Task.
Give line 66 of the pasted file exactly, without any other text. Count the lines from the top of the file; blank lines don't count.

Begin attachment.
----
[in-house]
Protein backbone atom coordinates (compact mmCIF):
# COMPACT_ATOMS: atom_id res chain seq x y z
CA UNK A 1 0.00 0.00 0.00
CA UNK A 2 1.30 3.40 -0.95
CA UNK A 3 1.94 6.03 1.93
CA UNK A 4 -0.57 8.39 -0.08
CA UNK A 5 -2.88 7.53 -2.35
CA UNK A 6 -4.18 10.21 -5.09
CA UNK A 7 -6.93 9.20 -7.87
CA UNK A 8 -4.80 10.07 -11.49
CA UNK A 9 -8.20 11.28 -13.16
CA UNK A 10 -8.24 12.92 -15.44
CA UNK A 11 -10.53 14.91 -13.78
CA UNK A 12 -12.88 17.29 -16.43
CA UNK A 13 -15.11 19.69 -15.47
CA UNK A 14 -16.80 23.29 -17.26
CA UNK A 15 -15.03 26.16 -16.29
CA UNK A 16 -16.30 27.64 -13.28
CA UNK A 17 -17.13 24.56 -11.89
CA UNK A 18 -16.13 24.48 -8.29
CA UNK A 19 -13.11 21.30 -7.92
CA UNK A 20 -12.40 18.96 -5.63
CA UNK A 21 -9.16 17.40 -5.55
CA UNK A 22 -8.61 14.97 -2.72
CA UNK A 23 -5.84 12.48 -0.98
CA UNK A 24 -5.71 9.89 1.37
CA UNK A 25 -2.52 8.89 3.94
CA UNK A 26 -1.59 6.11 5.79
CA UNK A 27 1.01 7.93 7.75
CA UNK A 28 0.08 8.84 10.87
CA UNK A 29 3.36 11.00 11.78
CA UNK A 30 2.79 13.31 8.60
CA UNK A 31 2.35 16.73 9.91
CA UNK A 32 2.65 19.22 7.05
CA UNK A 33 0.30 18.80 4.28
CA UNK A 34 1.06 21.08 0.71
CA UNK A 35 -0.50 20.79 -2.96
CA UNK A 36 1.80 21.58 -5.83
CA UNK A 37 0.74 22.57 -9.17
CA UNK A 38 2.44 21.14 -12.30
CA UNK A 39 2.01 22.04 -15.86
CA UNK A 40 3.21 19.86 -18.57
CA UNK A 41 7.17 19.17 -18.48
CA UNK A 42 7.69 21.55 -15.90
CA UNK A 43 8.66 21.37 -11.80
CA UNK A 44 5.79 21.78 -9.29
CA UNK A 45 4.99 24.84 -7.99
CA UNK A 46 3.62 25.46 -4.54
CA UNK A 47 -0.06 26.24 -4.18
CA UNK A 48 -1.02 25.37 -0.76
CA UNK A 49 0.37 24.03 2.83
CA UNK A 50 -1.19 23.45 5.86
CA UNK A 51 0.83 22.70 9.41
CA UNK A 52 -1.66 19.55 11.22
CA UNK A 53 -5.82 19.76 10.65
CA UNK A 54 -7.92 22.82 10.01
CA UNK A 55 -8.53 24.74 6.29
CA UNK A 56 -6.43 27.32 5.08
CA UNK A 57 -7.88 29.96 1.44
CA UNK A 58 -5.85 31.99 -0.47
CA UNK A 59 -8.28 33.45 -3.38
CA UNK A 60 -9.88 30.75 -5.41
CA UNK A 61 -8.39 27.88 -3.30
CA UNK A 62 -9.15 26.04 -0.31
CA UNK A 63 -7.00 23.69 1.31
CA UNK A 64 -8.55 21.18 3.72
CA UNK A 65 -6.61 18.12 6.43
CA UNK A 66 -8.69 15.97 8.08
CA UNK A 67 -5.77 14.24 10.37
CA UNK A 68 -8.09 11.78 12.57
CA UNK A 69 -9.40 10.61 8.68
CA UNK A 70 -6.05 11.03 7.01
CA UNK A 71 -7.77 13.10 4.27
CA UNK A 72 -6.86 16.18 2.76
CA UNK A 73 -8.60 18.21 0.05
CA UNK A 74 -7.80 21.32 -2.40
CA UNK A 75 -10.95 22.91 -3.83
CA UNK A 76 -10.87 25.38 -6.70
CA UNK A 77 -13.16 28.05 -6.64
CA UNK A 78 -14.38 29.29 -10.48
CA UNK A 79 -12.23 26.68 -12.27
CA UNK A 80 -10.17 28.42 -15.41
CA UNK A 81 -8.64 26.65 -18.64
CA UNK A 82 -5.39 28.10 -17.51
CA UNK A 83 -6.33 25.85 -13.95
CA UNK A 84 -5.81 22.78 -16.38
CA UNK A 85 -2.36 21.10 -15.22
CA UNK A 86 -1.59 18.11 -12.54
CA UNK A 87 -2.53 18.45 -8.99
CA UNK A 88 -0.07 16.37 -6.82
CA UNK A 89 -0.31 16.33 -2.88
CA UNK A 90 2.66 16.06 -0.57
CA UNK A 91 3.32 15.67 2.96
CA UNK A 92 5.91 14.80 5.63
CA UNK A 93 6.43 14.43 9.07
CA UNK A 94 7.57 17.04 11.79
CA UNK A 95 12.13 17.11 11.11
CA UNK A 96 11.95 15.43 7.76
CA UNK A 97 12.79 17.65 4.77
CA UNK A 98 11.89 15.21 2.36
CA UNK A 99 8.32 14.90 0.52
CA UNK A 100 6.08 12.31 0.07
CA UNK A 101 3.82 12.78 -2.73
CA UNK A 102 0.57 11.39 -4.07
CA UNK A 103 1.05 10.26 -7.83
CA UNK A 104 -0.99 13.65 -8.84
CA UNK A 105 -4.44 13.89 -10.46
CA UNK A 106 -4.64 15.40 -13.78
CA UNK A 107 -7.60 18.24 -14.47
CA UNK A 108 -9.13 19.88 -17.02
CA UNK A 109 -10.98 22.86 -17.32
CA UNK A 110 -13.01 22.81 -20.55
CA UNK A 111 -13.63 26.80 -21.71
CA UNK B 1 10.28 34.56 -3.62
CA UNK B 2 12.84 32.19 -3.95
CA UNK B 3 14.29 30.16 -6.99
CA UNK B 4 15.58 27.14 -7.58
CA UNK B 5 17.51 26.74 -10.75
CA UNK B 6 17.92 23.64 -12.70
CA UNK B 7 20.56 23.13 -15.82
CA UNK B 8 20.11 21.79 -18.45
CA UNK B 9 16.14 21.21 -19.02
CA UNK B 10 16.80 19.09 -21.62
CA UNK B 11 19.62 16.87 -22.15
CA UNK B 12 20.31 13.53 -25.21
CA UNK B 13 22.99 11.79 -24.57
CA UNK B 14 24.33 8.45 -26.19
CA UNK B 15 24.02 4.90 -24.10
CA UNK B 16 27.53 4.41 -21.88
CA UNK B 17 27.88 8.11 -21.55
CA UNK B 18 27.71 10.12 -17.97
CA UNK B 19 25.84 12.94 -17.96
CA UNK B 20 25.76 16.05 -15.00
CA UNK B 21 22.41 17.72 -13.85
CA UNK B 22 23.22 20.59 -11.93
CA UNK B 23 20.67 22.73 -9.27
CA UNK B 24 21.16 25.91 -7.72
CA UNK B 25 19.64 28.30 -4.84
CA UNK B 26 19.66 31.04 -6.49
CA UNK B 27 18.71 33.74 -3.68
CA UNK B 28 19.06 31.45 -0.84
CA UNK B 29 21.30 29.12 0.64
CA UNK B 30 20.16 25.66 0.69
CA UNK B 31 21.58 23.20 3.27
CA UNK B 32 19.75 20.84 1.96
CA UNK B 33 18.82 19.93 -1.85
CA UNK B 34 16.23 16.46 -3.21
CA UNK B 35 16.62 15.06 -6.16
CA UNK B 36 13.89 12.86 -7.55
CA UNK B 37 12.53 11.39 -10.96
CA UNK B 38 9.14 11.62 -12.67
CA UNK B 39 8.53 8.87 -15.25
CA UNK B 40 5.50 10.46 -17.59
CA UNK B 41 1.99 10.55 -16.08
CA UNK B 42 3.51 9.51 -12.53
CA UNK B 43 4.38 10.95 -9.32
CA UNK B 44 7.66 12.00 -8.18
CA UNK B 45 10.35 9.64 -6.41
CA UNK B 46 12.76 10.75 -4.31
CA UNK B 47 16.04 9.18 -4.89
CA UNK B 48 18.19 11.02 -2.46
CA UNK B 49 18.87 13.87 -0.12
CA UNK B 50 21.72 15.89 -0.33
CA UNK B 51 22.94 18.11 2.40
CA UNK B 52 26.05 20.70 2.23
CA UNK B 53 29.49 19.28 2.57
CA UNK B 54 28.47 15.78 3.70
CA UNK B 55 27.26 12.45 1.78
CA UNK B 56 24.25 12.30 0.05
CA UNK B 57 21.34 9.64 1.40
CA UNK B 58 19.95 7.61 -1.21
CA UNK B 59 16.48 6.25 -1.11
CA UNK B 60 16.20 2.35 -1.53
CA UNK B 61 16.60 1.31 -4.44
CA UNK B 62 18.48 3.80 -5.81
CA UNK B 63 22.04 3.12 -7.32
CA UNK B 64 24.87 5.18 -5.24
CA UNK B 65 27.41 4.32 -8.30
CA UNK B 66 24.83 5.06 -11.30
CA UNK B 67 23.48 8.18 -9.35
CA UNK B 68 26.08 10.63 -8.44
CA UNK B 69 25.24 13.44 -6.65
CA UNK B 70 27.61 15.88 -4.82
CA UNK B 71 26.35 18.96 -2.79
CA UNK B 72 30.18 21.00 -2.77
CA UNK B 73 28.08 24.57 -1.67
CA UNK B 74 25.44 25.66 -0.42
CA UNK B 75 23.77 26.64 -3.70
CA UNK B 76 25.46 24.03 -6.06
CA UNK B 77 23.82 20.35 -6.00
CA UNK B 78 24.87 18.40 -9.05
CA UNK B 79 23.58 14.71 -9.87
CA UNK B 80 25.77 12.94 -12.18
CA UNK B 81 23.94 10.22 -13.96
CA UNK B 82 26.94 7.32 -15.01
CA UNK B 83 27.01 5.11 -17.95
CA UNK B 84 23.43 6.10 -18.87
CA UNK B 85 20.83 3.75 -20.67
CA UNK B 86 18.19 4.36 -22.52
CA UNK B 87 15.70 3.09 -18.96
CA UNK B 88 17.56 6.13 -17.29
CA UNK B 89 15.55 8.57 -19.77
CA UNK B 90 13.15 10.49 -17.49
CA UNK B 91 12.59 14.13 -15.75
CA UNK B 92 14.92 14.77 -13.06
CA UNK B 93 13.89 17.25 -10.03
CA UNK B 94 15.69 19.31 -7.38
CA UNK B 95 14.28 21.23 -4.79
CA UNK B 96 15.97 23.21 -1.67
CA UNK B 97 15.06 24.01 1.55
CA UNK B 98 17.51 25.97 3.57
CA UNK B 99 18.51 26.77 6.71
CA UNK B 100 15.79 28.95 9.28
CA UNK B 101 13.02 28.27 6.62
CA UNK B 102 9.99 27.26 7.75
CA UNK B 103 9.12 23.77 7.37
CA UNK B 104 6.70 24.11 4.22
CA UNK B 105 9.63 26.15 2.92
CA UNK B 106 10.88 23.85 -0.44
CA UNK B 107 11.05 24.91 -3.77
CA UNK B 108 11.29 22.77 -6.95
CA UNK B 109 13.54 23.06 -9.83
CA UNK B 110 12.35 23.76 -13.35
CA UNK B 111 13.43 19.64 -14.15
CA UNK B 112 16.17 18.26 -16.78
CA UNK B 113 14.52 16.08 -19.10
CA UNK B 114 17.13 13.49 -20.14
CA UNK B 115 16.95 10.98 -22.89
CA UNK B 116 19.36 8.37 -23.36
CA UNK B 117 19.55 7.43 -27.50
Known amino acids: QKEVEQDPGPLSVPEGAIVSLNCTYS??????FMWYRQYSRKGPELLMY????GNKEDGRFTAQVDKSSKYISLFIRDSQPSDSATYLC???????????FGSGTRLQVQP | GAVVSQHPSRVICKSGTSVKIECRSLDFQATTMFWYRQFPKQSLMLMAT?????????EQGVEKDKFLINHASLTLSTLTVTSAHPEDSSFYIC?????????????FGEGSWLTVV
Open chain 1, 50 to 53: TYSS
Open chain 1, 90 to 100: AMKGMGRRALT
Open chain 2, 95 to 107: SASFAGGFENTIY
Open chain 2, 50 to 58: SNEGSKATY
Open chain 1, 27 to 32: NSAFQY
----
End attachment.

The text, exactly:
CA UNK A 63 -7.00 23.69 1.31